ACT – Batalha Naval arose from my attraction to the edge as a moment that represents the end or the beginning of something; it addresses the approach to a limiting moment through the fiction of a war game, where the videos end seconds before the possible clash between the ships. There is a growing tension and conflict is imminent. This is why I use video, because it has a duration, allowing me to create an effect of incompleteness and suspension.
The three works share a slow movement to achieve this desired effect. They also share the same rationale of working the medium’s mechanism (duration, looped movement, for example), creating an image that reinforces itself. But a slight difference: in Batalha Naval, a conclusive point that never arrives (discontinuity, a fracture) is underlined, while the works Barragem #1-#3 highlight what happens during the course of time, with no starting or ending point.
The pieces Barragem #1-#3 are an approach to video’s materiality (which I have spoken about before). The relationship between moving image and projection surface accentuates the video’s human construction – the dam – through the idea of water’s latent or potential retention and movement.
MR – The glass pieces featured in the exhibition Tracing the Infrathin, presented on a plinth, invocable and sacralised, can be seen in symbiosis with the surrounding scenery (nature) through digital photography. In this exhibition (and expressive) format, we find several referents of the piece – the gravestone, the menhir, the rock, the body. What do they share in the different contexts? Can you talk about your intentions?
ACT – These photographs are a second moment in the context of the glass pieces. They emerged in the confrontation with the casting technique; through it, I sought to achieve robustness, clashing with the glass’s apparent fragility. The content of these pieces is in the form, in its construction and the relationship with the materials. In this initial “phase”, the forms recall referents of menhirs and rocks, given their structural and robust profile, and also the notion of successive layers (geological strata).
Then the need for the glass pieces to return to their primary state became clear: to connect and engage with nature and earth. They are permeable to the influences of the surrounding scenery.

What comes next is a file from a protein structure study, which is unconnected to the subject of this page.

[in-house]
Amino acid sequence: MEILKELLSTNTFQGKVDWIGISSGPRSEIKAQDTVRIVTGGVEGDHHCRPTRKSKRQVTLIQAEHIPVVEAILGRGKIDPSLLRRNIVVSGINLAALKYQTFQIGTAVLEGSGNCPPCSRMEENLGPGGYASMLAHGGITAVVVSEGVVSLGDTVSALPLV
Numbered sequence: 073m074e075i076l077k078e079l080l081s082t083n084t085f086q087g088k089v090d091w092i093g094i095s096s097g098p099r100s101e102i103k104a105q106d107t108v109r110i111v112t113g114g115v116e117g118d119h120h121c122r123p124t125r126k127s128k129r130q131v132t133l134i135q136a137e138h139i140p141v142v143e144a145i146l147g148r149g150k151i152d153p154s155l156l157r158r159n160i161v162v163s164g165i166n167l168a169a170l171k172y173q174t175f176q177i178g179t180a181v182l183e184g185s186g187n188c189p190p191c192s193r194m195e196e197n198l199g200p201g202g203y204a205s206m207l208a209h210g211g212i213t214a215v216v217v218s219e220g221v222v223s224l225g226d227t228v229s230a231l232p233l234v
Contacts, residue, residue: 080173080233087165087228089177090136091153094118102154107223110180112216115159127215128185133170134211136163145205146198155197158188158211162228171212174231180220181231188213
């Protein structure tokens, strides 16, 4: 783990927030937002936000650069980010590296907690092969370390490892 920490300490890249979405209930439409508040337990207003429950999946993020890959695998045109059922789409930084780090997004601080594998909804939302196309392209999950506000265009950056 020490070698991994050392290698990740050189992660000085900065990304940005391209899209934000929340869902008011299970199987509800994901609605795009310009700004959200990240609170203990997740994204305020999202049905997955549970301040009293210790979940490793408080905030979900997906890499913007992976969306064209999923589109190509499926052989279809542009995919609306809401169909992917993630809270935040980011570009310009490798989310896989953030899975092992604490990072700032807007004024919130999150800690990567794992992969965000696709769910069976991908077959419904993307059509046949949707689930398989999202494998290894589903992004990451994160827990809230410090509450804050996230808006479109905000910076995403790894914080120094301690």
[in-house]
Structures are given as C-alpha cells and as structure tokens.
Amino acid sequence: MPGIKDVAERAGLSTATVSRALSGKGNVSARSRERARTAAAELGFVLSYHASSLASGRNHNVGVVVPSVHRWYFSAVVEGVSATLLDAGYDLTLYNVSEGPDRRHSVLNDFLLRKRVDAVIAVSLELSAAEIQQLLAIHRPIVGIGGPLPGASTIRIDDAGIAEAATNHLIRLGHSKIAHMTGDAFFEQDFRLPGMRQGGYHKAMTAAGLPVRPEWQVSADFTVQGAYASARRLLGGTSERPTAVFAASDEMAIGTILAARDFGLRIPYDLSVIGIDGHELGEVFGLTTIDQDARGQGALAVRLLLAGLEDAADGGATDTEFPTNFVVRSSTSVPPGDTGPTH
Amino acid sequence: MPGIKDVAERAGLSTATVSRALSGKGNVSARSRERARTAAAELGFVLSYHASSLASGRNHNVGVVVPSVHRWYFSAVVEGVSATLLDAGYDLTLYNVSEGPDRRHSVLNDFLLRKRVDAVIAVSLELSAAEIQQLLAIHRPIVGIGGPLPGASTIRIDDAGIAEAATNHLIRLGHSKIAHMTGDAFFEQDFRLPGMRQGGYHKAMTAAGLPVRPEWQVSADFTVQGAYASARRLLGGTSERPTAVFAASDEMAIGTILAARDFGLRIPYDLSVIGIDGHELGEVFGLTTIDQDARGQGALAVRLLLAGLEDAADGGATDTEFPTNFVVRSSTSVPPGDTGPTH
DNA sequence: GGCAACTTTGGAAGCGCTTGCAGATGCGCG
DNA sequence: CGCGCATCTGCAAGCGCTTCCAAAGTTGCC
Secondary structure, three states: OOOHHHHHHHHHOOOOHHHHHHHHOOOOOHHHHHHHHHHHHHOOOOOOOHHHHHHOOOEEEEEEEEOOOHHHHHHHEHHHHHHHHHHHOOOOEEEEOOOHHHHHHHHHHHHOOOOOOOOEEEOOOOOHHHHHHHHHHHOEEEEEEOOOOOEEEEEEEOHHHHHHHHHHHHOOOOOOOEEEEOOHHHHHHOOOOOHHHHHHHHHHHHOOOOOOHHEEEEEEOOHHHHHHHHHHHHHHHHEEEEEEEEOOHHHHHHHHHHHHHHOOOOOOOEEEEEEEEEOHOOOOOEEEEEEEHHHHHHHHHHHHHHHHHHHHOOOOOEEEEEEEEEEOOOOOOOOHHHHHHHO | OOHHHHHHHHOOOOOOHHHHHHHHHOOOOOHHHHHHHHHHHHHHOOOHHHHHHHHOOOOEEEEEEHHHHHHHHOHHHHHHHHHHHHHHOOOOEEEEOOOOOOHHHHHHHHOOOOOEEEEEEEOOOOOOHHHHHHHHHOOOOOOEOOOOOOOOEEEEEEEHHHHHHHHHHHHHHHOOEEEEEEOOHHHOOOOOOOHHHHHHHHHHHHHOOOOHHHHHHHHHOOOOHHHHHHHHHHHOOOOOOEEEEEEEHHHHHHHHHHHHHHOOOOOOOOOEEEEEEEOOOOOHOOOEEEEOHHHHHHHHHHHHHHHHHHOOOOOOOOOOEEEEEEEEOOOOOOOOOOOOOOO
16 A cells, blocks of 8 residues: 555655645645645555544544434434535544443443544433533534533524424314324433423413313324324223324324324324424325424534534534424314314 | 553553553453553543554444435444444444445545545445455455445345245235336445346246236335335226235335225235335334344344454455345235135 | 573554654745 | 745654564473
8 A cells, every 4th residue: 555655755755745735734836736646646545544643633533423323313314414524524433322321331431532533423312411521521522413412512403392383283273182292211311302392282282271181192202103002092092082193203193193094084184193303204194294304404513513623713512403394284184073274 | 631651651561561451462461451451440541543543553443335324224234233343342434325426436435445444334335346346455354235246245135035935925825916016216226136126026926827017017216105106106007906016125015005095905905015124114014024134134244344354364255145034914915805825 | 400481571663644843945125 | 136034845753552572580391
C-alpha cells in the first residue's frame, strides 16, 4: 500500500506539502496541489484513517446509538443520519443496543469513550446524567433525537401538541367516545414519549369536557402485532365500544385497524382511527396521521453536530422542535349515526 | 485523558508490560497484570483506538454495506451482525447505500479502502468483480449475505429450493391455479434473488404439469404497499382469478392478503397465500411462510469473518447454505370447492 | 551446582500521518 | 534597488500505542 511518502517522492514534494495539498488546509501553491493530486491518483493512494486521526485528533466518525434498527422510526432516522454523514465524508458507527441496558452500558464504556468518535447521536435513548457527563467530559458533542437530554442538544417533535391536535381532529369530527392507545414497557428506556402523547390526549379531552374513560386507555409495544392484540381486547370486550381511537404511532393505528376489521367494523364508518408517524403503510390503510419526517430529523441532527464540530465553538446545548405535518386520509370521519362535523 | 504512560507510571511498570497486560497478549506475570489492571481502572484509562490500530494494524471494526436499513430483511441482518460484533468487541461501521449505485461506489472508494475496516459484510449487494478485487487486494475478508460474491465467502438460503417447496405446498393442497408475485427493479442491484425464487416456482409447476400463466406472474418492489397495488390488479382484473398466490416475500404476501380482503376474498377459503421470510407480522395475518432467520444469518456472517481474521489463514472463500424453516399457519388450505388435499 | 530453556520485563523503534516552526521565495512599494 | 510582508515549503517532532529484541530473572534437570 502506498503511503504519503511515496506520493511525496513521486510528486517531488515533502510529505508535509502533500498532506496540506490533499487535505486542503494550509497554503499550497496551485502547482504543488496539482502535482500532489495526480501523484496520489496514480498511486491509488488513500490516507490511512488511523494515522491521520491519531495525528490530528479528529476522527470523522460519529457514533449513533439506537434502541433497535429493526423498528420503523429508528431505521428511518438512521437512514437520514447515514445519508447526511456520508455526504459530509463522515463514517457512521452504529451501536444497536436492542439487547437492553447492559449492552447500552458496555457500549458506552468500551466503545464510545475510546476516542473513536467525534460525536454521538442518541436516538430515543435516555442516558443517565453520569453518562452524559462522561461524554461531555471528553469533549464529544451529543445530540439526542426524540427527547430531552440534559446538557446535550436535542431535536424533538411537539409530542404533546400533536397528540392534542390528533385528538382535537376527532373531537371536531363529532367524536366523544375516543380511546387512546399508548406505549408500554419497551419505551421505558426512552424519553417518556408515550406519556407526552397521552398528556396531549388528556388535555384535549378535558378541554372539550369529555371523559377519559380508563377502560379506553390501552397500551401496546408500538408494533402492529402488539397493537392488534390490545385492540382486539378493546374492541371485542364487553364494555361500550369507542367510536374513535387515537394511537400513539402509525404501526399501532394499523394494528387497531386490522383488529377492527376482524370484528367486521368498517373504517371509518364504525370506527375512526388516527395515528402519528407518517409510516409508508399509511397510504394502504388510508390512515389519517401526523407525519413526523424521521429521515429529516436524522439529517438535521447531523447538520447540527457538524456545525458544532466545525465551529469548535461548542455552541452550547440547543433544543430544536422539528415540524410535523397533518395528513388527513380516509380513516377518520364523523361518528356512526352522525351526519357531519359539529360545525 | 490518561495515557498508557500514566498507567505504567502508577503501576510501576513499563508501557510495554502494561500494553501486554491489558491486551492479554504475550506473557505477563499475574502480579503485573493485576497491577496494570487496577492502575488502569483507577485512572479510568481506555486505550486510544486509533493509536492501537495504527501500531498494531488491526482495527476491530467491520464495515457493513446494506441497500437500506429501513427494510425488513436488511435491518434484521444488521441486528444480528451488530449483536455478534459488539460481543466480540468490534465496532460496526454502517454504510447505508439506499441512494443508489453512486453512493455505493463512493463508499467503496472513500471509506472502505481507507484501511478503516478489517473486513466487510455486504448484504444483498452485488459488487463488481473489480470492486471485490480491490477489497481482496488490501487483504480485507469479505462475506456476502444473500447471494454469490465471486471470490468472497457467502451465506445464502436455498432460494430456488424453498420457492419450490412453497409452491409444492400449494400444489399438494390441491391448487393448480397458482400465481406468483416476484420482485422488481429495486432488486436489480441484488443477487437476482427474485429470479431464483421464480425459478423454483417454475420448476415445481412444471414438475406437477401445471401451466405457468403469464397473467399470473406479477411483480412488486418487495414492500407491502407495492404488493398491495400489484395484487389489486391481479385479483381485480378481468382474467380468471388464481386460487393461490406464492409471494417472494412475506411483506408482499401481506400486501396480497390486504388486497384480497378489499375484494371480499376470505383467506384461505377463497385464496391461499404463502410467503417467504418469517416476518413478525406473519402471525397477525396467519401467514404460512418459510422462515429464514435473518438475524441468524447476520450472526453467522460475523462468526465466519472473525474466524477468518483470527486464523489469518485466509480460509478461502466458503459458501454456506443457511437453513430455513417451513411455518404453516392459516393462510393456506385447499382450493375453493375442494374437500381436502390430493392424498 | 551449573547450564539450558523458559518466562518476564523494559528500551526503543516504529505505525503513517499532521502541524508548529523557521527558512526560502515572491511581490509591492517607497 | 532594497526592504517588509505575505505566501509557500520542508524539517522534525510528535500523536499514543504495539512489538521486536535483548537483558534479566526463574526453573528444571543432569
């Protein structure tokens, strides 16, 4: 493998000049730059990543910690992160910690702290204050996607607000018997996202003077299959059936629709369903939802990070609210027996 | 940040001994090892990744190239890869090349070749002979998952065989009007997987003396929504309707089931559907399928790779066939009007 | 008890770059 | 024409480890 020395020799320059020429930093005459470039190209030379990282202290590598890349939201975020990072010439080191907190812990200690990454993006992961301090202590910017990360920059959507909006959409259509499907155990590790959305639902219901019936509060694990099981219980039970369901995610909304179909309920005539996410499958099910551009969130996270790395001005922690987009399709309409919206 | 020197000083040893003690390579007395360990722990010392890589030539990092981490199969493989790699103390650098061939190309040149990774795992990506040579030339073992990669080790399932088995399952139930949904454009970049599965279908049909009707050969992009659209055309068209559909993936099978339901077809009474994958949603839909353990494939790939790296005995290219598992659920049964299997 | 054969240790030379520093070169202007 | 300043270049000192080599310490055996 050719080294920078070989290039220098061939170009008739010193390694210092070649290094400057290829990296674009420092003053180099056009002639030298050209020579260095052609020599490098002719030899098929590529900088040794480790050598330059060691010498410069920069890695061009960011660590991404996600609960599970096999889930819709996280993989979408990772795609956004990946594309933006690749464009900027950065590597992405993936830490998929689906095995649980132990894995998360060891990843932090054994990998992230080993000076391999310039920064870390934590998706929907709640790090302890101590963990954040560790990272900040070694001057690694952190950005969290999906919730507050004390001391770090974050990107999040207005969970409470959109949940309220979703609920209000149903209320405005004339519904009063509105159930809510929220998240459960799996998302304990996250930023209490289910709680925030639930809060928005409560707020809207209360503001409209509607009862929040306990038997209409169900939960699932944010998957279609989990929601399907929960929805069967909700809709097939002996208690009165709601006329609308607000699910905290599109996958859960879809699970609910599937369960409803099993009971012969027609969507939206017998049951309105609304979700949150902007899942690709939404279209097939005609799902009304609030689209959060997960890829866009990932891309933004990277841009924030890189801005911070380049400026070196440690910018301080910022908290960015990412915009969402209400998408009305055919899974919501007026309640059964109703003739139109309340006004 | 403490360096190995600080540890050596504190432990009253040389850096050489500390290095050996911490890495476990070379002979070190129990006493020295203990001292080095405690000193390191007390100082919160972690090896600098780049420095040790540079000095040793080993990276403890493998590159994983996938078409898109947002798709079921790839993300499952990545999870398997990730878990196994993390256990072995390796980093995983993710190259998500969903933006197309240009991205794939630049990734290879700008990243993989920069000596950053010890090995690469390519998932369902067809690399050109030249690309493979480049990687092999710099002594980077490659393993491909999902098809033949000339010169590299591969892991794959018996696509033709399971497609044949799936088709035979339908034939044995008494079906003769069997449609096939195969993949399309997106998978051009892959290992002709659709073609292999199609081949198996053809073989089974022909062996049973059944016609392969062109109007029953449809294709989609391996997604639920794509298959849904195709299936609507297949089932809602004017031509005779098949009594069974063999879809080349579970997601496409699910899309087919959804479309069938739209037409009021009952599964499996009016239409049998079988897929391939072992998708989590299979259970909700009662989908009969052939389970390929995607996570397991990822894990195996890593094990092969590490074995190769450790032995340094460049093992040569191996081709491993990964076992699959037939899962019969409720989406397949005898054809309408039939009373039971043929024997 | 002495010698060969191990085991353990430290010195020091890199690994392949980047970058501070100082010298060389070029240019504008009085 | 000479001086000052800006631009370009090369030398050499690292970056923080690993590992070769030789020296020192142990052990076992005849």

No longer just different contexts of referents of form, but pieces that embrace that dynamism of the earth’s crust, of the changing geological layers, by adapting to different locations. An idea is constructed and deconstructed, which is the body of the pieces.
MR – Is there a narrative in all of your creations?
ACT – I wouldn’t say a narrative, but what I want to convey is across all my pieces. The content or interests are common. What changes is the way I approach these issues. I use different languages (in an organic way, not as an “imposition” I put on myself), something proven by sculpture, sound, video and projection, creating “different”projects/works. The issues that interest me concern space, movement, image, the condition of limits, restlessness, the everyday, the journey/travel, etc.
I usually distance myself from the word narrative. I do not seek a narrative end. At least, I don’t try to tell stories with a beginning, middle and end. But in the context of video works, for example, I want to convey the duration of an image and the experience of time (and also space) where the videos take place.
One of the ties of my creations is exploring the viewer’s perception through the projection surfaces in Batalha Naval and Barragem #1-#3 and the materiality of glass.
MR – You have already made two group exhibitions in 2022: Depois do Banquete (Lisbon, Pt) and Tracing the Infrathin (Lisbon, Pt). What are your plans for the future?
ACT – The plans for the future are to finish my dissertation for the Masters in Painting. As it is a theoretical-practical project, the result will contribute not only to my artistic practice in the theoretical field, but a new body of work. This is the most immediate goal and I would like to explore opportunities to exhibit these new pieces.